Mullah Hibatullah Akhundzada, the current leader of the Taliban, issued an order from Kandahar prohibiting the production, distribution, and trafficking of drugs after the Taliban regained control of Afghanistan. However, this order has yet to be implemented, and the local Taliban leaders in the provinces have not taken any action to prevent narcotics production, trade, processing, or smuggling. Local analysts believe that the Taliban are unable to stop drug sales and purchases throughout Afghanistan. Simultaneously, Afghans who view the Taliban as the actual producers of narcotics believe that the commanders of the Taliban have been profiting from the buying and selling of drugs for a long time and are now unable to stop producing narcotics.
Reliable sources informed Hasht–e–Subh that Mullah Hibatullah Akhundzada issued an order prohibiting the cultivation, sale, processing, and smuggling of drugs, and further stated that the Taliban must target drug sellers and have no involvement with wholesalers and merchants.
Residents of Nimroz Province have reported an increase in the price and market of opium, with one-kilogram costing between 8 and 10 million Iranian Toman since the Taliban have taken control. In contrast, the Taliban leader‘s proclamation has caused the price to rise drastically in the southwest marketplaces of Afghanistan. Sources have stated that the cost of a kilogram of opium has risen to more than 20 million Toman in the two years since the Taliban have been in power.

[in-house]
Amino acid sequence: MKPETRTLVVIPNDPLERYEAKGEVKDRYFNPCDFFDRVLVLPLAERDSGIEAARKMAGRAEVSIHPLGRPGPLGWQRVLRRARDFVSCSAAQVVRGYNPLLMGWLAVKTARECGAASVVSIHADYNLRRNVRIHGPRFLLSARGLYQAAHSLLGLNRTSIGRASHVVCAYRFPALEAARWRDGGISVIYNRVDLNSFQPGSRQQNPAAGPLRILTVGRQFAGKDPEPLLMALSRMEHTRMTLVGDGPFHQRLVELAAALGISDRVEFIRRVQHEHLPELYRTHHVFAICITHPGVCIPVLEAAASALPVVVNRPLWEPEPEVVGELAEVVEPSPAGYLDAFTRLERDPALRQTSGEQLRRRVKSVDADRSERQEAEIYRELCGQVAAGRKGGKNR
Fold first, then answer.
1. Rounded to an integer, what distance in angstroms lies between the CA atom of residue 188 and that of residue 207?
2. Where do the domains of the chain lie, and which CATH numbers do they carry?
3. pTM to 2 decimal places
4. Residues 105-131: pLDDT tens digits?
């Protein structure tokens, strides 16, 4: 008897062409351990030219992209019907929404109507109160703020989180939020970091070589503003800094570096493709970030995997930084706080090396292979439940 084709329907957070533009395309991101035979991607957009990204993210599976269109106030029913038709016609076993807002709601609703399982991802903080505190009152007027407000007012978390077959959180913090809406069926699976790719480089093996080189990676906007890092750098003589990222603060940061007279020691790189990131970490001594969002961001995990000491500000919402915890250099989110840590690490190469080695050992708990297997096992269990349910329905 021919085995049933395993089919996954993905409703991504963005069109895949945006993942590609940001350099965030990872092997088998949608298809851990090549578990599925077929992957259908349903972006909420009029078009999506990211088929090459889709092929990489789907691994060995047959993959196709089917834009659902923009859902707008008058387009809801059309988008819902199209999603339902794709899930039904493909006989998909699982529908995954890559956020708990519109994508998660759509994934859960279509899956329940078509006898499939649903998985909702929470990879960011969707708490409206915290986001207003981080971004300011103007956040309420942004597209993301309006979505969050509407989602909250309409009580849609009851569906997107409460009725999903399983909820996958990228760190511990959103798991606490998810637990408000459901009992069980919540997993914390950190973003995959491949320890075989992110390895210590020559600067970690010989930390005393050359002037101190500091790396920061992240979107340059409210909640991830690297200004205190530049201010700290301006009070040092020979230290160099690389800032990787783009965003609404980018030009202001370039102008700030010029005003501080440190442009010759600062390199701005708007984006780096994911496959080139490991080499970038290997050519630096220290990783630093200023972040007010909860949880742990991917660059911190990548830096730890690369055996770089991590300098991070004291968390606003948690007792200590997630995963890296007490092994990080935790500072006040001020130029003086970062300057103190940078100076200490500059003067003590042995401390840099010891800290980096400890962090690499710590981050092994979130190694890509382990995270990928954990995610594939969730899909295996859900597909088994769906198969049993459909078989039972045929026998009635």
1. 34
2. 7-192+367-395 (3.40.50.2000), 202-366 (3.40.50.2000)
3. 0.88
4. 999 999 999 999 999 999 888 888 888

Salahuddin, a resident of Nimroz, informed Hasht–e–Subh that the local population is aware of the cost of drugs in the province and that a significant number of people depend on drug trafficking as a source of income and a way of life. Salahuddin also added that the Taliban‘s rule has caused an increase in the price of opium and strengthened the smugglers‘ market, and that the Taliban members use a price list to determine the taxes to be paid by narcotics sellers and smugglers.
According to Salahuddin, a well–informed resident of Nimroz, he informed Hasht–e–Subh that one kilogram of opium cost less than five million tomans in Nimroz during the previous Republic government. However, as the Republic government neared its collapse, the price of one kilogram rose to eight million Tomans. Salahuddin further noted that the cost was widely known due to Nimroz‘s proximity to Iran, and some of the province‘s residents were involved in smuggling goods. Prices increased further as the Taliban took control and imposed a fee on each kilogram of opium, resulting in smugglers having to pay taxes and the price rising from eight million Tomans to twenty million Tomans, with the Taliban receiving 600 Afghanis from each smuggled kilogram of opium.
The inhabitants of Nimroz asserted that, under the vigilant observation of the Taliban, thousands of kilograms of drugs are smuggled out of the province daily to neighboring countries, particularly Iran. They alleged that Toyota vehicles and catapults are utilized to transport tens of kilograms of opium across the Iranian border. The Taliban do not impede the transfer of these materials to neighboring countries if they are remunerated.
Farooq, a resident of Nimroz province, informed Hasht–e–Subh that approximately 800 to 1,000 kilograms of opium are smuggled from the Kong area to Iran on a daily basis, as Afghan and Iranian smugglers collaborate on Iranian soil.
Farooq stated that opium is prepared in kilograms and is thrown over the wall using a catapult, while some smugglers in the Chahar–Burjak district smuggle it by car.
Mullah Hibatullah Akhundzada issued a ban on the cultivation, acquisition, sale, processing, and smuggling of drugs over a year ago, and ordered the destruction of drug processing facilities in Afghanistan. Recently, he issued another order, granting smugglers a period of almost ten months to conduct unrestricted purchases and sales. After this deadline expires, a final decision will be made regarding how to purchase and sell pharmaceuticals, as per the order of the Taliban leader.